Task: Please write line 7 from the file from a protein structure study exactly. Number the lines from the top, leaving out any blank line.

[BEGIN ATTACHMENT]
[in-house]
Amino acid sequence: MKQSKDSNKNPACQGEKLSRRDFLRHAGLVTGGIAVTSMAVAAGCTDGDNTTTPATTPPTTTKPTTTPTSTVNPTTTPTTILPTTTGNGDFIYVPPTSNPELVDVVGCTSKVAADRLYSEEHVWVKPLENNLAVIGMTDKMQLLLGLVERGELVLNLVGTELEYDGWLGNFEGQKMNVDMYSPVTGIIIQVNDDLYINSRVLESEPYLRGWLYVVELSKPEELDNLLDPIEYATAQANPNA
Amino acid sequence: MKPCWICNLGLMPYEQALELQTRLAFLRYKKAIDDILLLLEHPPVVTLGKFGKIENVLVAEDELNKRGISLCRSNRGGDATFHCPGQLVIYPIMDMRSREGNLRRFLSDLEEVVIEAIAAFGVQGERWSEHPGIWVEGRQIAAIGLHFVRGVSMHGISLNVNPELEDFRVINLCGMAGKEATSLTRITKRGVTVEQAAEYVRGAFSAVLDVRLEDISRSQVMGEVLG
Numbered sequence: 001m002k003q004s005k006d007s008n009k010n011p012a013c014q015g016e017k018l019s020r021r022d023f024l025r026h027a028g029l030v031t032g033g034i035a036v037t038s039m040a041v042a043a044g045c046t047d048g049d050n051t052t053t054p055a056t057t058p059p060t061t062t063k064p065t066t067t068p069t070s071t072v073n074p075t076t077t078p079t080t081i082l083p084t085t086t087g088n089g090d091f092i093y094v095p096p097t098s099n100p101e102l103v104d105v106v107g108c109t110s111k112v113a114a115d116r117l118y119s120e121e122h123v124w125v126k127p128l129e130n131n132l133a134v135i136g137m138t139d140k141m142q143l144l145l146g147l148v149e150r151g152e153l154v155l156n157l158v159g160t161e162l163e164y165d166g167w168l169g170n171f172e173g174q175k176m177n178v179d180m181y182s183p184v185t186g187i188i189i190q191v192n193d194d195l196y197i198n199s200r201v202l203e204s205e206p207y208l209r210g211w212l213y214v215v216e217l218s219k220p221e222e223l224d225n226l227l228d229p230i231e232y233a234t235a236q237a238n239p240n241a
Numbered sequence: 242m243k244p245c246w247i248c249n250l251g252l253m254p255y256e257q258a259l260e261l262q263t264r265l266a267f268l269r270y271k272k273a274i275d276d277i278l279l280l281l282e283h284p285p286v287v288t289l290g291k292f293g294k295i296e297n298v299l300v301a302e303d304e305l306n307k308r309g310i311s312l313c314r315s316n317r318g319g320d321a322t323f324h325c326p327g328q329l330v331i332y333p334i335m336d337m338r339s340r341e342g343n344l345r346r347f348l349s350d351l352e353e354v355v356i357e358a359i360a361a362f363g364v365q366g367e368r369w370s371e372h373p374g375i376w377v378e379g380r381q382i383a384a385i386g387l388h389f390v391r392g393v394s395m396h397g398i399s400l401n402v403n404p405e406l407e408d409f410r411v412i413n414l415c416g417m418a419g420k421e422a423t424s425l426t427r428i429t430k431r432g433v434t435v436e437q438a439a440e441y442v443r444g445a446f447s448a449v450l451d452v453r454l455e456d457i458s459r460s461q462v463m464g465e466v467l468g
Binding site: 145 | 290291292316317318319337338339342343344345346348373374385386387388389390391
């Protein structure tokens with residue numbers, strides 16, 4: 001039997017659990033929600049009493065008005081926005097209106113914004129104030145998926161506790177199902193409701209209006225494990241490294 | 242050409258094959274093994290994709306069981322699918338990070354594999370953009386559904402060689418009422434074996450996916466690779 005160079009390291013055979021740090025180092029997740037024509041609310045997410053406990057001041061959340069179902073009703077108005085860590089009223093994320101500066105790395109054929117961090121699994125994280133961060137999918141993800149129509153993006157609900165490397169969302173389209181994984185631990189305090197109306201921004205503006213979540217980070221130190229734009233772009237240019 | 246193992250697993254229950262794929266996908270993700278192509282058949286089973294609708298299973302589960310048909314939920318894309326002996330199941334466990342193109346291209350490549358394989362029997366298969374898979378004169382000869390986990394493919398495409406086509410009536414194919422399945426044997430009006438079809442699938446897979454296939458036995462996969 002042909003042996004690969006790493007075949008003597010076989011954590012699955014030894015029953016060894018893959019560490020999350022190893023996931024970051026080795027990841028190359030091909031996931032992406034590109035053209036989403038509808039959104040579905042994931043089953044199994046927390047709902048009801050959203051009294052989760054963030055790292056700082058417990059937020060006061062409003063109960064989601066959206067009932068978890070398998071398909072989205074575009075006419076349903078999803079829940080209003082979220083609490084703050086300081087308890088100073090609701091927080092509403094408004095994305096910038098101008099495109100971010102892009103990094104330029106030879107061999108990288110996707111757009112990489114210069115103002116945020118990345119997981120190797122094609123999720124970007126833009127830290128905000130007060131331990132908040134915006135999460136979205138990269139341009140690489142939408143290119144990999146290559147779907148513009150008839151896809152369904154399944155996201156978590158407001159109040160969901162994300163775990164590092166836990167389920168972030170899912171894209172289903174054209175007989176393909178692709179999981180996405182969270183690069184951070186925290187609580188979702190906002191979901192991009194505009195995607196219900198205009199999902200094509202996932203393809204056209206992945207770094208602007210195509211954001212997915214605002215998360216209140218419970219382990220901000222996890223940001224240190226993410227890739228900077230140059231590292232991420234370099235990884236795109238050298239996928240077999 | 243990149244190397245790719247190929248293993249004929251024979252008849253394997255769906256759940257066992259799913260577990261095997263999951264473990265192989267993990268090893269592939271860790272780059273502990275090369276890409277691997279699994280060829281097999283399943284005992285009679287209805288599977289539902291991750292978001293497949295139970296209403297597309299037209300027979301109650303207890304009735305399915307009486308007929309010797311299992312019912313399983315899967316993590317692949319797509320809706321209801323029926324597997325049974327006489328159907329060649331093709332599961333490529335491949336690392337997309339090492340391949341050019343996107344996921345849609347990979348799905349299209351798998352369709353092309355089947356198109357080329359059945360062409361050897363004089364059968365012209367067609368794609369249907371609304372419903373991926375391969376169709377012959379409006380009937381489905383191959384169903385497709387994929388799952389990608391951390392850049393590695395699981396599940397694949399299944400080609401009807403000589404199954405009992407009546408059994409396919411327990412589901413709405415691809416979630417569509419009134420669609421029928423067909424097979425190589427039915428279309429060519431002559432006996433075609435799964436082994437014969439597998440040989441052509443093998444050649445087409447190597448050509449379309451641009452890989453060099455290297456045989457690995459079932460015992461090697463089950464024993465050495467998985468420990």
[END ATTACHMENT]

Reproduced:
């Protein structure tokens with residue numbers, strides 16, 4: 001039997017659990033929600049009493065008005081926005097209106113914004129104030145998926161506790177199902193409701209209006225494990241490294 | 242050409258094959274093994290994709306069981322699918338990070354594999370953009386559904402060689418009422434074996450996916466690779 005160079009390291013055979021740090025180092029997740037024509041609310045997410053406990057001041061959340069179902073009703077108005085860590089009223093994320101500066105790395109054929117961090121699994125994280133961060137999918141993800149129509153993006157609900165490397169969302173389209181994984185631990189305090197109306201921004205503006213979540217980070221130190229734009233772009237240019 | 246193992250697993254229950262794929266996908270993700278192509282058949286089973294609708298299973302589960310048909314939920318894309326002996330199941334466990342193109346291209350490549358394989362029997366298969374898979378004169382000869390986990394493919398495409406086509410009536414194919422399945426044997430009006438079809442699938446897979454296939458036995462996969 002042909003042996004690969006790493007075949008003597010076989011954590012699955014030894015029953016060894018893959019560490020999350022190893023996931024970051026080795027990841028190359030091909031996931032992406034590109035053209036989403038509808039959104040579905042994931043089953044199994046927390047709902048009801050959203051009294052989760054963030055790292056700082058417990059937020060006061062409003063109960064989601066959206067009932068978890070398998071398909072989205074575009075006419076349903078999803079829940080209003082979220083609490084703050086300081087308890088100073090609701091927080092509403094408004095994305096910038098101008099495109100971010102892009103990094104330029106030879107061999108990288110996707111757009112990489114210069115103002116945020118990345119997981120190797122094609123999720124970007126833009127830290128905000130007060131331990132908040134915006135999460136979205138990269139341009140690489142939408143290119144990999146290559147779907148513009150008839151896809152369904154399944155996201156978590158407001159109040160969901162994300163775990164590092166836990167389920168972030170899912171894209172289903174054209175007989176393909178692709179999981180996405182969270183690069184951070186925290187609580188979702190906002191979901192991009194505009195995607196219900198205009199999902200094509202996932203393809204056209206992945207770094208602007210195509211954001212997915214605002215998360216209140218419970219382990220901000222996890223940001224240190226993410227890739228900077230140059231590292232991420234370099235990884236795109238050298239996928240077999 | 243990149244190397245790719247190929248293993249004929251024979252008849253394997255769906256759940257066992259799913260577990261095997263999951264473990265192989267993990268090893269592939271860790272780059273502990275090369276890409277691997279699994280060829281097999283399943284005992285009679287209805288599977289539902291991750292978001293497949295139970296209403297597309299037209300027979301109650303207890304009735305399915307009486308007929309010797311299992312019912313399983315899967316993590317692949319797509320809706321209801323029926324597997325049974327006489328159907329060649331093709332599961333490529335491949336690392337997309339090492340391949341050019343996107344996921345849609347990979348799905349299209351798998352369709353092309355089947356198109357080329359059945360062409361050897363004089364059968365012209367067609368794609369249907371609304372419903373991926375391969376169709377012959379409006380009937381489905383191959384169903385497709387994929388799952389990608391951390392850049393590695395699981396599940397694949399299944400080609401009807403000589404199954405009992407009546408059994409396919411327990412589901413709405415691809416979630417569509419009134420669609421029928423067909424097979425190589427039915428279309429060519431002559432006996433075609435799964436082994437014969439597998440040989441052509443093998444050649445087409447190597448050509449379309451641009452890989453060099455290297456045989457690995459079932460015992461090697463089950464024993465050495467998985468420990």